Dreaming for Freud

The internal conflicts

How To Convince Someone We Are Right.

What enables us to win an argument?

I suppose many of us have been arguing, often on the same subjects over and over again with the same person: a spouse, a friend, or a child. How can I ever get through to the other, we wonder in exasperation, faced sometimes with what seems like a brick wall. The more we batter away, the more stubborn and recalcitrant our opponent becomes.

One might arbitrarily divide most of us into two loose categories, one probably as bad as the other: the hysterical type and the obsessional. The hysterics often seem easier to convince: they sway like a weed in the wind, and sometimes seem persuaded by an argument, but basically they remain attached, as the weed does to the soil, to the same opinion no matter what we say or do. Then there are the obsessional types who seem rigidly unable even to consider another point of view. So what can we do if anything?

First of all we might remember the old saying: “You catch more flies with honey than vinegar.” Sometimes people can be seduced into agreement with a kind word, a compliment or a gesture. Gestures often speak louder than words.

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The trick is, too, to lead the other to the conclusion we want him to reach, giving him the impression that he himself has actually found the solution we had in mind all along which may require some skill.

I remember a wonderful teacher who taught me history in South Africa a long time ago. She must have been a beautiful woman in her youth but now seemed aged to me though I still admired her large blue eyes. She would tell us what had happened before and then ask us what we thought would have happened next, which gave us the impression that we had, ourselves, discovered or even invented the march of history, one thing following on inevitably from the next. It was a brilliant method, and we never forgot what we ourselves had come up with. So, in an argument, if we can skillfully lead the other to discover what we would like them to on their own, the battle is won.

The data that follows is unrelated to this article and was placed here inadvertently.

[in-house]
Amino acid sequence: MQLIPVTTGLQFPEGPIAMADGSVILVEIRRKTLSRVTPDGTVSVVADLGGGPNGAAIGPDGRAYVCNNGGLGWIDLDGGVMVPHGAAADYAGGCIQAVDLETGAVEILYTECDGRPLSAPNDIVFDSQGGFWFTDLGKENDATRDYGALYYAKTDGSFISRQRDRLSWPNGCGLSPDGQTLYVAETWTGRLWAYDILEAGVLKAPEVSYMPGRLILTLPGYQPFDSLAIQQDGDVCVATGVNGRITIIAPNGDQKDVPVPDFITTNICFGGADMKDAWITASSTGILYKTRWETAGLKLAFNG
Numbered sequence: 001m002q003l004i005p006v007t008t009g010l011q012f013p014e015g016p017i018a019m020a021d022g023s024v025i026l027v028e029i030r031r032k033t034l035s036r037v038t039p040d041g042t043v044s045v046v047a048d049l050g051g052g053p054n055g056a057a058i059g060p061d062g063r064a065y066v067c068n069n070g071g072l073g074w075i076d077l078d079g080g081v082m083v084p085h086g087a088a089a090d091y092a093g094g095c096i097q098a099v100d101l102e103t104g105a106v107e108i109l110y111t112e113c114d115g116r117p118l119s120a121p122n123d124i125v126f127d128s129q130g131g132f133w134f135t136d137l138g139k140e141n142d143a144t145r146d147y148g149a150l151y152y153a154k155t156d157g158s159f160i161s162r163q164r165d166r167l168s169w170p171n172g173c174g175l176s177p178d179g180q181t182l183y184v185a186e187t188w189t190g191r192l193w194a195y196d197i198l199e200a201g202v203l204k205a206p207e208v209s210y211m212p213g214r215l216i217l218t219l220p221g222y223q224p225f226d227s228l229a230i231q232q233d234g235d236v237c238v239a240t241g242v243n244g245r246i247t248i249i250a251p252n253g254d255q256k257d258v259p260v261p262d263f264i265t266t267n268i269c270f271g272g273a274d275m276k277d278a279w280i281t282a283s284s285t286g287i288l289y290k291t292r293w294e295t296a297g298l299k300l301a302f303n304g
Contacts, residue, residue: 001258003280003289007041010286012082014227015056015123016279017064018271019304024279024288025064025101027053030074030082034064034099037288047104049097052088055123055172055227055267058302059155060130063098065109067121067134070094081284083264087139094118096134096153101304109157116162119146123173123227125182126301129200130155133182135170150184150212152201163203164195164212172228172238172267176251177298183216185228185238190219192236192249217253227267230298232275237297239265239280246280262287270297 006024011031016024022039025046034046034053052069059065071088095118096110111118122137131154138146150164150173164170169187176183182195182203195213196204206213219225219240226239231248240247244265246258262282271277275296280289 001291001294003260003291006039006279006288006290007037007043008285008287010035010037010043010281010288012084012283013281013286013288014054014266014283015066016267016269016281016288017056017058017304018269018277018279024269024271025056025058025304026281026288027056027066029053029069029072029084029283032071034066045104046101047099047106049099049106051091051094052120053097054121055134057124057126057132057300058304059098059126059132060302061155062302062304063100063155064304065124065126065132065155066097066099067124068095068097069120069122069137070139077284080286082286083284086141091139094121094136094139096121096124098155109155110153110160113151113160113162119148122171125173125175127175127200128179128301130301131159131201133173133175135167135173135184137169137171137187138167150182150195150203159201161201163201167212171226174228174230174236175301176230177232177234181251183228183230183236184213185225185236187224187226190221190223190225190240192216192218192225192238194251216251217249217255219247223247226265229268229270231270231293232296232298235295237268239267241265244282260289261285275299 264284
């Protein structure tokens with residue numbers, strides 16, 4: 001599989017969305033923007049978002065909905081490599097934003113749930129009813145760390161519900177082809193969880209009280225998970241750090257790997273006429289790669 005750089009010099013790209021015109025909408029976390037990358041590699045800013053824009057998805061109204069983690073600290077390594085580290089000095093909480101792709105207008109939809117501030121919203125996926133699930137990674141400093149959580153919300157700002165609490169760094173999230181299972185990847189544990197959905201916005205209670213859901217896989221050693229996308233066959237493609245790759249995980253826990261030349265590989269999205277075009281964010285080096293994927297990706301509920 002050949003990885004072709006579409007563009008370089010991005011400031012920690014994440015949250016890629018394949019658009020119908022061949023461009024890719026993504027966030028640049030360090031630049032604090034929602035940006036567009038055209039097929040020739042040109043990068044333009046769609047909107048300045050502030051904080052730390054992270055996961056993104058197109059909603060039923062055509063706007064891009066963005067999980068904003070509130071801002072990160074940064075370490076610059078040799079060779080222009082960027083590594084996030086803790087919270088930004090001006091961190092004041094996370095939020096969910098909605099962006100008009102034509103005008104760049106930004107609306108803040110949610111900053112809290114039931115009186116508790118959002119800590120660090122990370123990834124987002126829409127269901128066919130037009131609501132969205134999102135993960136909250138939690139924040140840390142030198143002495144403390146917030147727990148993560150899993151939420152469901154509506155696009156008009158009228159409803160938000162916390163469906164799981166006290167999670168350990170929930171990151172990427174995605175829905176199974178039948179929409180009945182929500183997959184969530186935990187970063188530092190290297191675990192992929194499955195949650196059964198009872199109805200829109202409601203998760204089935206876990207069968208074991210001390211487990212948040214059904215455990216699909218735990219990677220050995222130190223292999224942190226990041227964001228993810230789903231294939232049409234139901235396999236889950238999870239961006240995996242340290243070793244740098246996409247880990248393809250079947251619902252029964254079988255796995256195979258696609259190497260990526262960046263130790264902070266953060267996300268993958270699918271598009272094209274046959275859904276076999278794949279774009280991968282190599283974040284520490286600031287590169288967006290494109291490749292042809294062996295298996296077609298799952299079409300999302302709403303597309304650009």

Of course, this does not always work. A light touch, though, a little humor, and a cheerful tone can help enormously to diffuse an argument and perhaps turn the tide in our favor . Sometimes our opponents may be looking to provoke us with a favorite argument or even to cause us distress, knowing exactly what subject will set us off.

I suppose we all have our pet peeves, our sensitive spots( certainly in my case it is my children), and certain subjects that we feel particularly strongly about be they political or personal. An opponent, who knows us well, will have learned what they are. If we don’t rise to the bait, if we avoid this pitfall, and don’t take the other’s words too seriously, we can sometimes outwit an adversary in the game. We can continue to hold onto our essential beliefs and convictions and act as we think right despite opposition. We can avoid the argument by not taking our opponents words too seriously or reacting too dramatically and thus avoiding the trap.

It is important, though, it seems to me, not to let anyone bully you, and there are those who take pleasure in another’s pain. So try a little seduction, lighten the tone, come up with a little joke if you can, and don’t dissolve into fury or tears which don’t work too well most of the time. And if all else fails one can always just do what seems right, despite someone else’s contrary opinion.

 

Sheila Kohler is the author of many books including Becoming Jane Eyre and the recent Dreaming for Freud. She will teach a class called "The Writer in Fiction" at the Center for Fiction. Sign up for the first class which is on Sept 17. 

Becoming Jane Eyre: A Novel (Penguin Original) by Sheila Kohler Penguin Books click here

Dreaming for Freud: A Novel by Sheila Kohler Penguin Books click here

Sheila Kohler teaches at Princeton. She is the author of many books including Dreaming for Freud, Becoming Jane Eyre, and Cracks, which was made into a film with Eva Green.

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